The Enid News and Eagle, Enid, OK

Local and State News

May 11, 2013

Turnaround winners honored

ENID, Okla. — Three of the six Enid-area students who earned honors for turning around their academics and behavior accepted their awards Saturday morning.

The three, cheered on by their families and school mentors, received a plaque at the Turnaround Achievement Awards Breakfast, which was held at Oakwood Country Club.

Presenter Jim Tate thanked his father, Jack, for imagining the award 20 years ago.

“He saw a good idea, and he made it happen here in Enid. We’re thankful for that,” Tate said.

Tate made an impromptu keynote of the event because the scheduled speaker had to cancel. In his speech, he called on the students to remain cognizant of their turnaround.

“I want you to ask yourself two questions whenever you come to a decision: Is it good for me? Is it good for others?” he asked. “The people that are here today probably did this, whether they knew it or not. They decided that they were going to do things better.”

Six students turn around

Those in attendance were Alex Vasquez of Longfellow Middle School, David Linder from Chisholm High School and Hunter Scott of Covington-Douglas.

The students who could not attend notified the breakfast organizers they would be absent. They were Mathew Block, Enid; Jaime Ponce, Emerson Middle School; and Richard Hardage, Lincoln Academy.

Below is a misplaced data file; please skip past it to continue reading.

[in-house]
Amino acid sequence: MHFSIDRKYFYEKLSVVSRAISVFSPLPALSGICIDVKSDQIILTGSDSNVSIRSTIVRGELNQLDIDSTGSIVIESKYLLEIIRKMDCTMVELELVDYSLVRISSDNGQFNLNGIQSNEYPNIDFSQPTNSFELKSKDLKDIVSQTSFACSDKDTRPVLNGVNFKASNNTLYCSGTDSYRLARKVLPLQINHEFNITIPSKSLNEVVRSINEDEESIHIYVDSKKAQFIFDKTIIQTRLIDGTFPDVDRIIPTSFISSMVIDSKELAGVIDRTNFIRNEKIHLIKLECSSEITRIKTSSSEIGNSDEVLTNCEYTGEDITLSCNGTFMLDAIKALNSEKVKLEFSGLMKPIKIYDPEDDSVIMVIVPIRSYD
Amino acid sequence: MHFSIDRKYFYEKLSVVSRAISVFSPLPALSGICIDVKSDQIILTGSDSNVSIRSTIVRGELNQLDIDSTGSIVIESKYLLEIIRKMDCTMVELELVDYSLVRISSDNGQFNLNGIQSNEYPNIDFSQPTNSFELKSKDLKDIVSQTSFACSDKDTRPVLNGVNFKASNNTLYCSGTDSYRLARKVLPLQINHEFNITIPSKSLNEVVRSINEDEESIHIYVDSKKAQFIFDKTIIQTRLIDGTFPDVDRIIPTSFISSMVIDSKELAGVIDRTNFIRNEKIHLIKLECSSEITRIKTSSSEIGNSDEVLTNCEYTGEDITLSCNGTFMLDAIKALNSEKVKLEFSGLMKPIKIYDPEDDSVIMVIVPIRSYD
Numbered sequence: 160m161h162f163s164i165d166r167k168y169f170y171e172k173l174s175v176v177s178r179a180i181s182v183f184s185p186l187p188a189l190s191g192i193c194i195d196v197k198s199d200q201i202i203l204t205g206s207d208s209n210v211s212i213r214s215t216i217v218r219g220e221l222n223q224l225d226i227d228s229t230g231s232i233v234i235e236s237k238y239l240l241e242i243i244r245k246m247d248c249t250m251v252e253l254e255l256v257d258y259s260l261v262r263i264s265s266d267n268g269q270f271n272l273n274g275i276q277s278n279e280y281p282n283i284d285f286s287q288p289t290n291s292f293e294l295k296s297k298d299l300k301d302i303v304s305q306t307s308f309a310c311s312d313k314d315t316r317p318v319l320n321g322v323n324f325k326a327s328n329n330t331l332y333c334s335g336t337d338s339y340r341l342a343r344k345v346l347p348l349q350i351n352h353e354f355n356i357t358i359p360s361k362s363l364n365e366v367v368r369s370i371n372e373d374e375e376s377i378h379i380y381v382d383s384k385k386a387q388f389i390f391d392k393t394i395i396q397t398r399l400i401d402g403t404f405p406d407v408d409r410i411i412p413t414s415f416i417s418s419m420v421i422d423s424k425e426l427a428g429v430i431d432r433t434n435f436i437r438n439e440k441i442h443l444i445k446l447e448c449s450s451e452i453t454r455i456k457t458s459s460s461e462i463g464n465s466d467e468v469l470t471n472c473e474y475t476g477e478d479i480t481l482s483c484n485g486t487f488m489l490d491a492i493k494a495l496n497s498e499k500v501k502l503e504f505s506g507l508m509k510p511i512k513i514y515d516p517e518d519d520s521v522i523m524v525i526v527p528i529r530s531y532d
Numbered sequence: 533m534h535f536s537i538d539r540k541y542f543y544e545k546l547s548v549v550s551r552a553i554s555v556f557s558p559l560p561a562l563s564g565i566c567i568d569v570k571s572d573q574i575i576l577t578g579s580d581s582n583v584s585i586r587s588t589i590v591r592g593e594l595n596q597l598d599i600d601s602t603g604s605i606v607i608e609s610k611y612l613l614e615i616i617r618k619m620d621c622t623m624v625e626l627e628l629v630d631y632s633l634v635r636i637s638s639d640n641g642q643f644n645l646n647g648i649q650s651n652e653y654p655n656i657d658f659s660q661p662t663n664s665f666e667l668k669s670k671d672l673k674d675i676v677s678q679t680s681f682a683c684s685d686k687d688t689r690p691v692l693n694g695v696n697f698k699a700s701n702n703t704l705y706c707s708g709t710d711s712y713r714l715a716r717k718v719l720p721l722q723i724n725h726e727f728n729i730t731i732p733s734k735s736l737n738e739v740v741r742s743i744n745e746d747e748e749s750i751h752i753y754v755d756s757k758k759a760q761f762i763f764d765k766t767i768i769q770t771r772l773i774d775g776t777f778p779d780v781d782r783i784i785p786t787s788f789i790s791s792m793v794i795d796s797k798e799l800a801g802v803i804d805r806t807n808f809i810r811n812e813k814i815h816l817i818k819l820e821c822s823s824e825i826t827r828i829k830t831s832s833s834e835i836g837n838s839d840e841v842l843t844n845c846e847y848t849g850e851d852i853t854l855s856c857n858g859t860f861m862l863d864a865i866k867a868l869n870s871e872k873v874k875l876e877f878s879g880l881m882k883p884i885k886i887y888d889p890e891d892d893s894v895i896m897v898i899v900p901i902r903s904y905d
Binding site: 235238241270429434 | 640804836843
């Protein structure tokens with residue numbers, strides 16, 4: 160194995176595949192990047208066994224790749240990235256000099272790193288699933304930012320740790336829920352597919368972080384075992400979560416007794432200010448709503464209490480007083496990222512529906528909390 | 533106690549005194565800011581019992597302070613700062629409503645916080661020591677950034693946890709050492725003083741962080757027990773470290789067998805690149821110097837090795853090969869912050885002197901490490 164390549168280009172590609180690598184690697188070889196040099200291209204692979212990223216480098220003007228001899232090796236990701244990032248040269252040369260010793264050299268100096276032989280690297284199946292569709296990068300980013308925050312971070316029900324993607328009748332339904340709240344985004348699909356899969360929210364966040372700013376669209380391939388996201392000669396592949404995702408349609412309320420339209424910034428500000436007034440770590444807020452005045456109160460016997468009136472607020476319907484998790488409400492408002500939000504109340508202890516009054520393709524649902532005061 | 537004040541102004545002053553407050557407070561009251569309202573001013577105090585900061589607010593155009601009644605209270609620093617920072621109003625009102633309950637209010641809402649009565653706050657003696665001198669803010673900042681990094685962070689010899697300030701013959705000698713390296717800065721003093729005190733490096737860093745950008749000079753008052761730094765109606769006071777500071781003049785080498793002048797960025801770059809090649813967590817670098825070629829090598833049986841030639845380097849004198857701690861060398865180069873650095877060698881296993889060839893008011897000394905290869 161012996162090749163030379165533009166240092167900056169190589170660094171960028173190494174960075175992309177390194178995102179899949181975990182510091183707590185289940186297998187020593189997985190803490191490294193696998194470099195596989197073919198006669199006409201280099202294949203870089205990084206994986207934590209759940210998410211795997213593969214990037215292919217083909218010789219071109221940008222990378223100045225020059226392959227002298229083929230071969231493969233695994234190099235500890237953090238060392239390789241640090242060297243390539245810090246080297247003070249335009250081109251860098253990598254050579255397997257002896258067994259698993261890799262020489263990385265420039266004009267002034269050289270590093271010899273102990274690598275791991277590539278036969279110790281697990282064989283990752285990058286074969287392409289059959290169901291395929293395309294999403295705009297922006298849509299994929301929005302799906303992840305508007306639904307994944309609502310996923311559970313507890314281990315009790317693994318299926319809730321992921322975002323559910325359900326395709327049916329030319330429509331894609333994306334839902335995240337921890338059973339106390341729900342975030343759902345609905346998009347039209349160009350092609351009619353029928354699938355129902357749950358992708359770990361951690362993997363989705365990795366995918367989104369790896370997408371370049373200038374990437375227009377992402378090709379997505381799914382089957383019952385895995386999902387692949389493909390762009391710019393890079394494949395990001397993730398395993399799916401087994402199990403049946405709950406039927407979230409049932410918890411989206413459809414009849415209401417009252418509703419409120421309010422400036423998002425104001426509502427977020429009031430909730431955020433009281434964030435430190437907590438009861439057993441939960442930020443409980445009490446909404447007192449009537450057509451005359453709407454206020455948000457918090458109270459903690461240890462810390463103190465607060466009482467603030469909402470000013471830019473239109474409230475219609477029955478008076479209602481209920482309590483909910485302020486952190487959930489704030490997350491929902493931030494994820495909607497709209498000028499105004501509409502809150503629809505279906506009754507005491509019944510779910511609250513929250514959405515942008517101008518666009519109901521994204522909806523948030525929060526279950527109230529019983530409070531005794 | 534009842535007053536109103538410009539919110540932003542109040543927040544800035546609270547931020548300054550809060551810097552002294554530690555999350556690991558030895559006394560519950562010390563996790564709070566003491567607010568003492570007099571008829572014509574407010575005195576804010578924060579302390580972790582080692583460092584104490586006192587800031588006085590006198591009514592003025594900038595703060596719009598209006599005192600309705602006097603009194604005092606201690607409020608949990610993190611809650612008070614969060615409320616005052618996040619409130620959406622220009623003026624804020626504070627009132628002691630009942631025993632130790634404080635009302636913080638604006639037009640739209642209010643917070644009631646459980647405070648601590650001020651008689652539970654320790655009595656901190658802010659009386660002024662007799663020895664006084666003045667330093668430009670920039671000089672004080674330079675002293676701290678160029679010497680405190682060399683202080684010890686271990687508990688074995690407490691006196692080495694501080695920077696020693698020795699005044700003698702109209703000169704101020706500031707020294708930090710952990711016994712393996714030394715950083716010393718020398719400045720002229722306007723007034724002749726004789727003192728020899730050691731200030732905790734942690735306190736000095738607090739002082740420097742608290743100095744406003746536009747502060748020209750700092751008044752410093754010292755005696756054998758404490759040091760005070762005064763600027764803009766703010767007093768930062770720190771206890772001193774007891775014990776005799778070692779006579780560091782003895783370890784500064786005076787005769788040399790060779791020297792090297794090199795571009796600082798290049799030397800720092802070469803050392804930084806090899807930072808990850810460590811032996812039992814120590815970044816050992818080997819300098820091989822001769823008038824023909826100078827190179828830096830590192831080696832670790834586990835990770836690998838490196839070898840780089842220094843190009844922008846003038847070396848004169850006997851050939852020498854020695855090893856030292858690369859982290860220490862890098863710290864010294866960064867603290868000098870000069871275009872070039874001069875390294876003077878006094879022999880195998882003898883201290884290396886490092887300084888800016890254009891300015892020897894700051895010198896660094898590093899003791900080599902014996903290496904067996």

Vasquez’ teacher Ashley Cooper said when she first met him, the youth bluntly told her he wouldn’t be writing any essays. She replied that he’d never had a teacher quite like her.

“He probably wrote 10 essays this year,” she beamed.

Katie Byrd presented Linder’s award.

“I’ve seen such a change in him since he was first in my class,” Byrd said. “His confidence has skyrocketed.”

Linder graduated from high school Friday.

Scott’s award was prefaced by Brian Smith, who said the boy made leaps and bounds this year.

“A year ago, he didn’t care about school. He didn’t care about doing his work,” Smith said. “It’s nothing I did, or nothing his tutor did – it was something he did and he changed how he approached school and life.”

Everyone gets in a rut, Tate told the crowd.

“We start heading in one direction, and it seems like that’s the way it is. But we have to make a decision – are we going to stay in this rut because it’s the easy thing to do?” he said.

Tate gave an example from his own life. He was bowling one day, playing in the last lane. His roll missed the mark and he reacted by punching the wall next to him, breaking his hand.

“I was really going to show that wall,” he said. “I was headed the wrong way. I was stuck in a rut. And unfortunately, it took something like that to point out to my stubborn head, ‘Don’t do that anymore.’”

He still admits to having a temper, “but I haven’t hit any walls lately,” Tate said.

The Turnaround Awards were sponsored by Oakwood Bowl, Enid News & Eagle, Ward Petroleum, Conrady Electric, Rusco Plastics and AE Howard.

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